Bengaluru polls: Of money power and promise of a division | india | Hindustan Times
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Bengaluru polls: Of money power and promise of a division

india Updated: Aug 22, 2015 02:07 IST
Sudipto Mondal
Sudipto Mondal
Hindustan Times

Poll officers checking the voting machines before they depart to the concerned polling booths at Home Science College, for the BBMP elections to be held on Saturday, in Bengaluru. (Kashif Masood/ HT Photo)

Ramchandrappa (name changed) is a leading candidate of a prominent political party in the mixed income neighbourhood. He easily confesses he is offering residents between Rs 500 and Rs 1,000 for each vote in Saturday’s election to the city council -- Bruhat Bengaluru Mahanagara Palike (BBMP).

“Five hundred for low-class people and thousand for people like you,” he blurts out before realising that he might be quoted. “My rival is offering much more, sir,” he says trying to take the moral high ground.

The BBMP elections are no less expensive than the Lok Sabha elections that went by.

Residents of more posh neighbourhoods are being offered as much as Rs 2,000 for their votes.

It is within reason to estimate that the 800 candidates scrapping for the 198 seats in Bengaluru would have spent several hundred crores -- legally and illegally -- by the time the city goes to the polls.

These elections are too expensive for Gayatri, the city’s only transgender candidate who is contesting on a Republican Party of India ticket from the Hampi Nagar ward. She has survived in the city for 30 years by begging on its streets and her bank balance is Rs 3,000. Her chances in these elections are equally slim.

Despite the monies and hardships involved -- not to forget chief minister Siddaramaiah’s pride -- candidates such as Gayatri and Ramchandrappa might end up becoming lame duck representatives in the city council.

Election officers sending the election materials and voting machines to the strong room at Home Science College to concerned polling booth officers for the BBMP elections to be held on Saturday, in Bengaluru. (Kashif Masood/ HT Photo)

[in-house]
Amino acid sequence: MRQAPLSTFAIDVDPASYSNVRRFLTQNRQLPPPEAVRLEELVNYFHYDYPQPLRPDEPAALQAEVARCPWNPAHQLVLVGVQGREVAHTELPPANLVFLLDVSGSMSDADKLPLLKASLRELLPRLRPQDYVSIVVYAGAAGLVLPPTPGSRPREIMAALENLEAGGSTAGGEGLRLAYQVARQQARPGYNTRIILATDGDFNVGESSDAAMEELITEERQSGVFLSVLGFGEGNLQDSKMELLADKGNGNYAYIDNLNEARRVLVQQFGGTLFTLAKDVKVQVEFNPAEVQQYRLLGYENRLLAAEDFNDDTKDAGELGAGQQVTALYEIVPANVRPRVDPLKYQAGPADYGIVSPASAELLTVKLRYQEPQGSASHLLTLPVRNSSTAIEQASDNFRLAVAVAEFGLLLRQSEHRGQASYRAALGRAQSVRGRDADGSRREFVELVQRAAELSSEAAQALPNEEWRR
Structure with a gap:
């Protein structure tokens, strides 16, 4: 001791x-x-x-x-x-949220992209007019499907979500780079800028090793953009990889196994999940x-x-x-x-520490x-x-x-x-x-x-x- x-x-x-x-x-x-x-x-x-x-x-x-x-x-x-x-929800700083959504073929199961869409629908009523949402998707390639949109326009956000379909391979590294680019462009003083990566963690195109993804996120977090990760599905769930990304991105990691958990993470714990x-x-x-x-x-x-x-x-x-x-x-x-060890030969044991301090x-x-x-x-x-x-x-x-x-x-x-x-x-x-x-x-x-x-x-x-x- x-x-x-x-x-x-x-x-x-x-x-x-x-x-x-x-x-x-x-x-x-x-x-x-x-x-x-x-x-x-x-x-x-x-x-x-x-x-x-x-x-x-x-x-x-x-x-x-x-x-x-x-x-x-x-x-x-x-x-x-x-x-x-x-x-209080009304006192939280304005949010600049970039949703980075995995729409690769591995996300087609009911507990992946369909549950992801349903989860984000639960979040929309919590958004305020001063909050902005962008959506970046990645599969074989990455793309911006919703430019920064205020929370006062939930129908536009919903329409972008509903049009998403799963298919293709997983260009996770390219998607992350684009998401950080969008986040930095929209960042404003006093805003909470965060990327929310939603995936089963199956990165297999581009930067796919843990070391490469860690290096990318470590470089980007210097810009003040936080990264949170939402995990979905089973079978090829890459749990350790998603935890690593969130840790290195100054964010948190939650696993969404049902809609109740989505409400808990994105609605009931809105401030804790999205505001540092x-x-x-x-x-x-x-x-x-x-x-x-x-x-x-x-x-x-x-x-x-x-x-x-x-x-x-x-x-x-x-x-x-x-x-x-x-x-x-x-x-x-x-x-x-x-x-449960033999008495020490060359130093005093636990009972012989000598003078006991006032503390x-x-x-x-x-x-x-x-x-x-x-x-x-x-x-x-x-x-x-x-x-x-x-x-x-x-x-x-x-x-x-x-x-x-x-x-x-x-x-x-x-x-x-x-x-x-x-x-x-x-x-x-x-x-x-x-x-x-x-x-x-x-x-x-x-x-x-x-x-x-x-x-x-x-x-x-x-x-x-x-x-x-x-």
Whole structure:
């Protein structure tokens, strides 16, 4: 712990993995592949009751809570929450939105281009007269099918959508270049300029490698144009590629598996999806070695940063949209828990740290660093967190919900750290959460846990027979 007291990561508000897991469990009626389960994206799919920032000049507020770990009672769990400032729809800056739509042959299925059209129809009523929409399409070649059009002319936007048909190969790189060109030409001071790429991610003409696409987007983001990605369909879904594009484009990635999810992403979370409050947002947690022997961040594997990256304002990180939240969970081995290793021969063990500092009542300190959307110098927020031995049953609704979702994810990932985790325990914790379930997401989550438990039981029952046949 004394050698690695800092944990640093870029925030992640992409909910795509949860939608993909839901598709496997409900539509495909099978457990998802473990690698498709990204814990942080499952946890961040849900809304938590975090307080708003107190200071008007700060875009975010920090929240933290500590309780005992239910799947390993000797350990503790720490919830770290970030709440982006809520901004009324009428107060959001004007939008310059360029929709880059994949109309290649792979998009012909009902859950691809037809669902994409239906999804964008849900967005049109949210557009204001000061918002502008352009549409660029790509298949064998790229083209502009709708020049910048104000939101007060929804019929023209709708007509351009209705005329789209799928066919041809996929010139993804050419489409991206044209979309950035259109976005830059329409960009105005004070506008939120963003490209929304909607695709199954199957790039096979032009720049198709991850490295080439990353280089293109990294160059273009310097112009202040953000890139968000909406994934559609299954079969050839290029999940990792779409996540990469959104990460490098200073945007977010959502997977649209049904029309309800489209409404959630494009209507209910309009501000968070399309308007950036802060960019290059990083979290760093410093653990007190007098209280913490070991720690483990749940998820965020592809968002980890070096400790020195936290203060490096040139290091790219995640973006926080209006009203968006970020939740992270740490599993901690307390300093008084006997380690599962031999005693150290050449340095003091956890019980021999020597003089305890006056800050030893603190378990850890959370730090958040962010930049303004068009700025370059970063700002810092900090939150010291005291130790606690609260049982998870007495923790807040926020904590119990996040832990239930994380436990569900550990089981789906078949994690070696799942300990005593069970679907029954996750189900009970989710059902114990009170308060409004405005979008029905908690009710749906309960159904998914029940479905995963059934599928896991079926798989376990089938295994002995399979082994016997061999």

The state government recently muscled through a Bill which seeks to divide Bengaluru into five cities which will be governed by five different municipalities. Governor Vajubhai Vala has concurred with the view of the opposition BJP and JDS that the Bill lacks constitutional validity. He forwarded it with a dissenting note to President Pranab Mukherjee who has in turn forwarded it to the union Home Ministry for scrutiny.

If the ruling Congress in Karnataka sticks to its guns, the President can do little to prevent the city from being divided into smaller administrative blocks. And that would render the results of Saturday’s election null and void.

Citing this as a possibility, the Aam Aadmi Party (AAP), which was preparing for the elections with gusto, decided to boycott it at the last minute. Their official stand is that these elections are a “farce”.

The BJP -- which has its nose ahead of the Congress according to two pre-poll surveys -- has put this issue to interesting use on its campaign trail.

“If we lose and the Congress wins, they will not divide the city council. If we win, they will surely do it. Don’t let their plans succeed,” says M Paari of the BJP who is contesting his fourth election from the Bhartinagar constituency in central Bengaluru.

BJP spokesman S Prakash says that the party is ready to go to court if the government divides the city. The JDS, which has been surprisingly lenient toward the Congress on the campaign trail, has not made its position clear on the issue.

“We will wait for the President’s reaction,” is all party vice president HD Kumaraswamy will say.

Offering an evasive reply, Congress spokesman and minister Dinesh Gundu Rao says, “We also don’t wish to impose another expensive election on the city.” He did not say if his party will drop the bill to split the city.

The candidates’ list is likely to look very different in case another election is imposed on the city in a few months as feared by the opposition.

Ramchandrappa, who has sold one of his prime properties to raise funds for his campaign, says he won’t be able to afford another bout. And Gayatri hasn’t heard about the bill which is pending in the Rashtrapati Bhavan.

“We’re not professional politicians. You don’t have to mock us for not knowing all the details. Contesting is our way of bringing attention to the existence of our community. Winning is secondary,” says her campaign manager Pallavi.

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